Republican senators, including North Carolina Senator Richard Burr, detailed a plan Tuesday to give each patient at Veterans Affairs hospitals a "Choice Card" that would allow vets to seek care outside the VA system in certain circumstances.
A local retired Marine and his wife say the Veteran's Choice Act could save them hundreds of dollars a year.
Medically-retired Staff Sgt. James Rytych had just come home from an acupuncture treatment when WITN visited him at his house with his wife Mandy. It's one of many treatments James gets for Post Traumatic Stress Disorder and a traumatic brain injury he suffered in 2006 in his second deployment to Iraq.
After the injury, James deployed again to Afghanistan. It took years to diagnose his brain injury. The Rytych's decided not to waste anymore time and go where they heard about the best care in Morehead City and Durham. They pay out of pocket for a counselor every week in Jacksonville.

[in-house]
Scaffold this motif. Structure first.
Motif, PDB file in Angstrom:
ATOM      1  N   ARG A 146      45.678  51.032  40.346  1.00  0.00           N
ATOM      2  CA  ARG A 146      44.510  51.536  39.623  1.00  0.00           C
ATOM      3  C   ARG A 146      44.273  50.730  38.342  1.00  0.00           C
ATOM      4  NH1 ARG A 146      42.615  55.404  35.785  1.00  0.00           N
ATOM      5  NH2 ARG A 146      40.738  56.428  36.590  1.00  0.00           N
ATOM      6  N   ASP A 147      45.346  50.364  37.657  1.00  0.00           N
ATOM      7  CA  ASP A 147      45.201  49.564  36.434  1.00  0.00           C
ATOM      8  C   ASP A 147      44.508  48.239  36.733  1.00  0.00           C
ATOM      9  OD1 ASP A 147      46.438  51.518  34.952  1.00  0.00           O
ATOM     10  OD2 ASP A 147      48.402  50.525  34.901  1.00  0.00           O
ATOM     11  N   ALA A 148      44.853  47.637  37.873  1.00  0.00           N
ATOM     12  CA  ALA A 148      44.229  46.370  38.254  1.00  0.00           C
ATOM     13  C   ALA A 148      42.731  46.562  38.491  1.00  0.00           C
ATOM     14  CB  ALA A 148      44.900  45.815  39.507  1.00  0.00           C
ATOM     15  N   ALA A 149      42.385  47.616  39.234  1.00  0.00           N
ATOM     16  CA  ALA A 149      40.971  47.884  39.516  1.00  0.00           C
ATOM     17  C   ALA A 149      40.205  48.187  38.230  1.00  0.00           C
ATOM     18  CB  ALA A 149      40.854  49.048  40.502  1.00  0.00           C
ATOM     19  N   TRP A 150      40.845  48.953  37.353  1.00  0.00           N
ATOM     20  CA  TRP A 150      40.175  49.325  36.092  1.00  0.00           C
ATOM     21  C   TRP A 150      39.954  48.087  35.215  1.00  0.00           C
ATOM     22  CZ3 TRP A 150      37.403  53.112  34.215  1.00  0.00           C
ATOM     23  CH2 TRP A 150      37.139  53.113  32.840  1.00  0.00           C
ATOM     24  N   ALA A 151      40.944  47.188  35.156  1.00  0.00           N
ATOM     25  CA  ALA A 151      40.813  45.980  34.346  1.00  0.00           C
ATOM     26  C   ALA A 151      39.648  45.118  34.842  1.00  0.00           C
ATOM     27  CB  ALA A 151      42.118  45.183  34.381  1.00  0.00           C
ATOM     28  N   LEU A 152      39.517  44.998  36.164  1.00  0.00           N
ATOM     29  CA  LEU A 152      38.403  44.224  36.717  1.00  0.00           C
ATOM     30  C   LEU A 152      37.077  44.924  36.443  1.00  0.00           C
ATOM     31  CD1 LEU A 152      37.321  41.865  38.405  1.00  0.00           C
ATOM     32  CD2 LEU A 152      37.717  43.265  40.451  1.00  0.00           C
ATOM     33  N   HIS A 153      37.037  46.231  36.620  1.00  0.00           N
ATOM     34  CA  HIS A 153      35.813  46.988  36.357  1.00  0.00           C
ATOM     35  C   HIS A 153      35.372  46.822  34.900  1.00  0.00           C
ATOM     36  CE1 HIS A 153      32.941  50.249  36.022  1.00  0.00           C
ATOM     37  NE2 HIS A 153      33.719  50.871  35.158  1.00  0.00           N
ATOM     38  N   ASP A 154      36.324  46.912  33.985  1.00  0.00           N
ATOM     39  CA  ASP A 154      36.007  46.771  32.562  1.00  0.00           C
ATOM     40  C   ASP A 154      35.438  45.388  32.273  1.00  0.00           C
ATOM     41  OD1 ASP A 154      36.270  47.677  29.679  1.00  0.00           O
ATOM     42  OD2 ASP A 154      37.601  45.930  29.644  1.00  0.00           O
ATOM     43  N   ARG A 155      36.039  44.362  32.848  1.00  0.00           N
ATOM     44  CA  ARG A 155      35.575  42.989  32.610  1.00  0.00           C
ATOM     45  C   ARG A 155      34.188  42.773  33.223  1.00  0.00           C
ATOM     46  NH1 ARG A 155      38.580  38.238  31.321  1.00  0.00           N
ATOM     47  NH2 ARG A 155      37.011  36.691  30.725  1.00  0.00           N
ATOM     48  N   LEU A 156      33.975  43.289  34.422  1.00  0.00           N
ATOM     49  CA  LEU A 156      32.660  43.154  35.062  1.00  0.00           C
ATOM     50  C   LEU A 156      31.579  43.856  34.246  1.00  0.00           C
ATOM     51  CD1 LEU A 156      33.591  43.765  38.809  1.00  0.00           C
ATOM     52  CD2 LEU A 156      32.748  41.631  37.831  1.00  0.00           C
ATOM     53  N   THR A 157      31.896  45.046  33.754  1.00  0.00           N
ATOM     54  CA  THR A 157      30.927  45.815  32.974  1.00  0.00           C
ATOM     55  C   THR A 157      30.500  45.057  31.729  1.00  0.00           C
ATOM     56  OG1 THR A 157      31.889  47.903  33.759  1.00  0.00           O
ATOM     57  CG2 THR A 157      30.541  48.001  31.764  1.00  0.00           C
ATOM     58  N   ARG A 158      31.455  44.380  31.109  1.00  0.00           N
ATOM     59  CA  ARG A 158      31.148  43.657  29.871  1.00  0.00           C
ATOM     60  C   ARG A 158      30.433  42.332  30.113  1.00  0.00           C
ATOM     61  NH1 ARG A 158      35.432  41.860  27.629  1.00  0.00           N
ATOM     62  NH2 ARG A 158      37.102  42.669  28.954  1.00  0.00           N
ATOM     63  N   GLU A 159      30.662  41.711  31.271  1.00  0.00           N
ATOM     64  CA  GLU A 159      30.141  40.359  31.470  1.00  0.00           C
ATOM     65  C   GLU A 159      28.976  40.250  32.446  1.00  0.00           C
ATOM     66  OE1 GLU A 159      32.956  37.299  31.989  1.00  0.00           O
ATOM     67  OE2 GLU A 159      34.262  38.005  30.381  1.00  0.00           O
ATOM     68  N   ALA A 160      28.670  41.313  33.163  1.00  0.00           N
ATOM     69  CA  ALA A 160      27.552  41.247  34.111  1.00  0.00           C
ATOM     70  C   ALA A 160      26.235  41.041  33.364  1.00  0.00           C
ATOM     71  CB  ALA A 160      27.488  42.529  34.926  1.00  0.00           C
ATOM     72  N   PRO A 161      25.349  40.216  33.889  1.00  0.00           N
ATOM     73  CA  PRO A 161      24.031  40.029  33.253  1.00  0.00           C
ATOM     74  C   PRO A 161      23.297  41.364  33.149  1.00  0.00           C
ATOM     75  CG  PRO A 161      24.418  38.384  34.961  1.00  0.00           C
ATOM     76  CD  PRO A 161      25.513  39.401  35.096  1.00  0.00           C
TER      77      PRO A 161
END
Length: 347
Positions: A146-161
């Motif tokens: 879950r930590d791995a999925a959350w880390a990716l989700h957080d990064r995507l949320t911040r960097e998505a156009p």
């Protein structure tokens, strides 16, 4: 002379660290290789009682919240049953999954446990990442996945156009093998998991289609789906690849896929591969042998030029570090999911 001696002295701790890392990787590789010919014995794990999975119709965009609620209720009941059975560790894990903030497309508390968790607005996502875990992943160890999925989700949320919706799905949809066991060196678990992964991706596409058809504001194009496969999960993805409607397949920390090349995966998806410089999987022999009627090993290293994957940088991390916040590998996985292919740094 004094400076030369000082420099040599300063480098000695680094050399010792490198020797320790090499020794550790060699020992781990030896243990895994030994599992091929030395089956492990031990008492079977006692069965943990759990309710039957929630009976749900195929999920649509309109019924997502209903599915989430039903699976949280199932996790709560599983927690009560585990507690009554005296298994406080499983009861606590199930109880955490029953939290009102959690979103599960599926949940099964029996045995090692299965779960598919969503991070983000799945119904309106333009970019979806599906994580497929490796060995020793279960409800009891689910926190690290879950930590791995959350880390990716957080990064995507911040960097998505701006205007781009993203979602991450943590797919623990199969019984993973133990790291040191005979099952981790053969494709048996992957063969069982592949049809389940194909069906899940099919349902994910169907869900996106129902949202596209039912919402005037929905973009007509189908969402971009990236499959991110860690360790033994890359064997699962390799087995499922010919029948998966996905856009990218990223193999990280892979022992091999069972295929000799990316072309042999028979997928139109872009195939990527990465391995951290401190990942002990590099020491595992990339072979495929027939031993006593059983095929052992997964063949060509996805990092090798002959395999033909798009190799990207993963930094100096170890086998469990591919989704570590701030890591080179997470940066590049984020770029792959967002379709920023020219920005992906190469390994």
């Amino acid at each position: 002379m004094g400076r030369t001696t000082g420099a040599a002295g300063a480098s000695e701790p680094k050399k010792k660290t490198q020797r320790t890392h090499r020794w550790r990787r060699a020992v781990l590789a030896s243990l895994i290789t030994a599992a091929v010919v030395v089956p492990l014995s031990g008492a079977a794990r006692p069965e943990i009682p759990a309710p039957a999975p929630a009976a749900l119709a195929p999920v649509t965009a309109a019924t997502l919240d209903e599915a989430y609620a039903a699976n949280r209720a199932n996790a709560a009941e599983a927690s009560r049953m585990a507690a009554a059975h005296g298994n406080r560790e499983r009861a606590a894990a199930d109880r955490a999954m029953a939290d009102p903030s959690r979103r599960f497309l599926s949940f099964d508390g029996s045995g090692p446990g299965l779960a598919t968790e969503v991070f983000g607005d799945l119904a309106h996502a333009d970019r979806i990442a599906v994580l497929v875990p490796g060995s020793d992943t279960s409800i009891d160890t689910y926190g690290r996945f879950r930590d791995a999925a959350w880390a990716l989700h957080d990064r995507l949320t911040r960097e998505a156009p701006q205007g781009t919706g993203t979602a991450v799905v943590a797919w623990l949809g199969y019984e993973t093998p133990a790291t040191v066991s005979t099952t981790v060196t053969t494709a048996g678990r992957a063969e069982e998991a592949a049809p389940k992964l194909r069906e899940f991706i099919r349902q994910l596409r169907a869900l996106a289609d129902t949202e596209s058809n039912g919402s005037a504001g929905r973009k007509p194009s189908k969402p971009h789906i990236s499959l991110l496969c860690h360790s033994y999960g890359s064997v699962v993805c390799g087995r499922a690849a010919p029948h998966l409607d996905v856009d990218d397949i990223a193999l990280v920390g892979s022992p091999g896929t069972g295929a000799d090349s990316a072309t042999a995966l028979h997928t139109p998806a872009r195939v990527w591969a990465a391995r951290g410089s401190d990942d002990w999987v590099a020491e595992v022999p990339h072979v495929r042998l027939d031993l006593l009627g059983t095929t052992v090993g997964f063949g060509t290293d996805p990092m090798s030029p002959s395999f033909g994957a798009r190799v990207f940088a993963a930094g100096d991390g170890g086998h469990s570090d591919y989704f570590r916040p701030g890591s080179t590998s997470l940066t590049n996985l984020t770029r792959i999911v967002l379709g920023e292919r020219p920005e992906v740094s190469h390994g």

"When I got medically retired, the VA said, 'You have to go to our doctor or you got to pay your co pays out of pocket'," said James. "I already had a good rapport and I didn't want to start a whole new relationship with a counselor and go back over everything."
James and Mandy said they had to wait six months for an appointment in Durham after the VA hospital clinic canceled the appointment, they say, without notice.
The Veteran's Choice Act says a patient can schedule an appointment with a non-VA healthcare provider if an appointment can't be scheduled within a reasonable time frame, or if a veteran lives more than 40 miles from a VA facility. Other parts of the bill would increase transparency and give the VA Secretary greater power to fire top executives.
The proposed legislation is in response to an emerging scandal at the VA of doctoring wait times and, in some cases, providing low-quality care to patients.